According to God’s eternal purpose, the Lord Jesus lived, suffered, died, and was raised again in power so that man could be reconciled to God in the body, or church, of Christ (Romans 5:6-11, Ephesians 3:10-11). Christians should reflect the attributes of Jesus their Lord and Master and do good to people, seeking their best interest, providing benevolence, and visiting widows and orphans in their distress (Galatians 2:10, 6:10, James 1:27). From the beginning of the pages of Scripture until the end God is concerned about the welfare of His people; institutions, structures, and systems will all be destroyed, but the people of God will remain (Revelation 21:1-22:6).
In light of the Industrial Revolution, modern Western culture has become infatuated with institutions and systems all in the name of efficiency. Churches and denominations have followed suit. Within the Restoration Movement (also known as the Stone-Campbell movement), this trend was first seen in the promotion of the missionary society, one of the catalysts for the division between “Churches of Christ” and the Disciples of Christ (Christian Church). In the 1940s and 1950s the congregational support of human institutions would again become a major divisive issue within churches of Christ: many began to agitate for congregational support of church-affiliated colleges and universities. Such agitation would normally begin with appeals to support an orphan’s home or fund some other form of benevolent society or institution; once it was agreed upon that such an institution could be financially supported from the church treasury, it would not be nearly as difficult to convince such people that colleges and universities could be thus supported as well. Yet what do the Scriptures teach?
The New Testament provides no command, example, or necessary inference suggesting that local congregations in the first century provided any sort of financial assistance to non-believers nor funded human institutions or systems. When local congregations provided benevolence to fellow Christians they did so directly to their own members in need or sent assistance through a chosen representative to the elders of the local congregation where the need was dire (Acts 4:34-35, 11:28-30). Individual Christians, following Jesus’ example, provided assistance, financial or otherwise, to those who were in need (Galatians 2:10, 6:10). Not for nothing does James declare that pure and undefiled religion in the sight of God involved visiting widows and orphans in their distress (James 1:27): providing financial assistance is well and good, but God expects Christians to put in their own time and energy into serving those who are distressed and oppressed, not expect to have the church pay others to do that work for them.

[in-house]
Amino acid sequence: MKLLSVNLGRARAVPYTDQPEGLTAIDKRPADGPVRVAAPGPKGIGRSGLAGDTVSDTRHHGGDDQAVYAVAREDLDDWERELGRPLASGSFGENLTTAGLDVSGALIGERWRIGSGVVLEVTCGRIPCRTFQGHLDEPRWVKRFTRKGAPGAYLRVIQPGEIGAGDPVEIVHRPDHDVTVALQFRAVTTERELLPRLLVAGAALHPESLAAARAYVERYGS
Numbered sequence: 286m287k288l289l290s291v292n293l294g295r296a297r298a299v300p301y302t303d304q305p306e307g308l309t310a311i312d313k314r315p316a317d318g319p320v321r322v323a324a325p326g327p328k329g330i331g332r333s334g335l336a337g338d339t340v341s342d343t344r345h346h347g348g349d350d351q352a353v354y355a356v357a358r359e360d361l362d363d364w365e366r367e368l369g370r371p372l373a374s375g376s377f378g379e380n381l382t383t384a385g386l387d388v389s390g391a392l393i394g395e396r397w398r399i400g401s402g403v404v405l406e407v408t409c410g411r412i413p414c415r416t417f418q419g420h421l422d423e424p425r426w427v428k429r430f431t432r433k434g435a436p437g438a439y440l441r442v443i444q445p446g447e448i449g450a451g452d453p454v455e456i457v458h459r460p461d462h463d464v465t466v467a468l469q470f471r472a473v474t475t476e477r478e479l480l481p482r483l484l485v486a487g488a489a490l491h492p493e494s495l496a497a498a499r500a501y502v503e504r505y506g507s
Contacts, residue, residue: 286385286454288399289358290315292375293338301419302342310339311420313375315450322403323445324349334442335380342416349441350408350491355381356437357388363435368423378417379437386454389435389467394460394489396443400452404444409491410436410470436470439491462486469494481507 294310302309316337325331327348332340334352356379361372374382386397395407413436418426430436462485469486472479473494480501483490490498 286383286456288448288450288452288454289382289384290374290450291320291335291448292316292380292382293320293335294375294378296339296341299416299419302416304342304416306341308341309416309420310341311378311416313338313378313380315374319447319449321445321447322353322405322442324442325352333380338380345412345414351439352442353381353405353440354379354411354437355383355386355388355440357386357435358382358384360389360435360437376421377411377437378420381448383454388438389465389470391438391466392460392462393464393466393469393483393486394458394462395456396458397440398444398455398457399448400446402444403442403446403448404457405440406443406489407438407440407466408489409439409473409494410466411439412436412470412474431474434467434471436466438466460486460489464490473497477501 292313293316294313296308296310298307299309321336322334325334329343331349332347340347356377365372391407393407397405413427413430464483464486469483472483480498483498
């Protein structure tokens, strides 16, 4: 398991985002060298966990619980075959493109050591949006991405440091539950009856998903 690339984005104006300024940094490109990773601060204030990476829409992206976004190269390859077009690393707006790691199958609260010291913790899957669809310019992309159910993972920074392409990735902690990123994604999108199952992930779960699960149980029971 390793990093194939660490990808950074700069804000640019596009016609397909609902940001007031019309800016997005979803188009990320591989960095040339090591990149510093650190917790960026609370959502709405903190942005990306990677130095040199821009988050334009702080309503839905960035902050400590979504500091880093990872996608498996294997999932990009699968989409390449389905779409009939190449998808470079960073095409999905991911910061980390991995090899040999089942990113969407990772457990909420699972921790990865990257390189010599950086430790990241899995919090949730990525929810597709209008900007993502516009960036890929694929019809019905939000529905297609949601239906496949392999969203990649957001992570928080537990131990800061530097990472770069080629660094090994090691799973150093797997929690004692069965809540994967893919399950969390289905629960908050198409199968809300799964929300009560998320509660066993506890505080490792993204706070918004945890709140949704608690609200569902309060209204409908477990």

Education in the will of the Lord as revealed in Scripture is a part of the church’s mission and how it builds itself up in love (Ephesians 4:11-16); nevertheless, the New Testament betrays no understanding of congregational financial support of any institution of learning. Jesus mentored and trained the twelve (Mark 3:14); Paul mentored and trained Timothy, Titus, and others, and expected them to do the same (2 Timothy 2:2).
Therefore it is evident that the Scriptures provide no authority or evidence for the claim that human institutions like orphan’s homes, disaster relief organizations, colleges, or universities should be financially supported by local congregations. This does not mean that orphan’s homes, disaster relief organizations, colleges, or universities are in and of themselves sinful or wrong; they may have their benefits, and individuals have every right to help establish such organizations and/or fund such organizations.
Even if we believe and feel strongly that individuals can and should support such human institutions we do well to remember that God’s primary interest is in people, not in institutions, organizations, structures, or systems. We should not assume that providing financial support to charitable institutions means that we have entirely fulfilled God’s expectations for us in terms of helping those who are in need.
Institutions, organizations, and systems have a tendency to dehumanize people and treat them like numbers. Many times people need mentoring and someone who cares; institutions and/or check distributors can do no such thing. Furthermore, people’s lives are messy; working with them can involve transformative experiences but also a lot of grief and pain. Many fall for the premise that it is better to streamline the process, be more efficient, and have systems take care of the problems.
And yet the problems of humanity often involve alienation and separation; institutions and systems do not help this trend. When we need assistance, we would appreciate help given directly by other people, and to know that others care about us. Should we not do so to others as well (Luke 6:31)?
There are times and places where the support of human institutions and organizations can be beneficial. But we do well to remember that salvation will not be found in any such institution or organization; it is not for the church to be involved with such institutions and organizations; we must never forget about God’s concern for people, and we do well to share that concern. May we help people, and visit those in need, and glorify and honor God!
Ethan R. Longhenry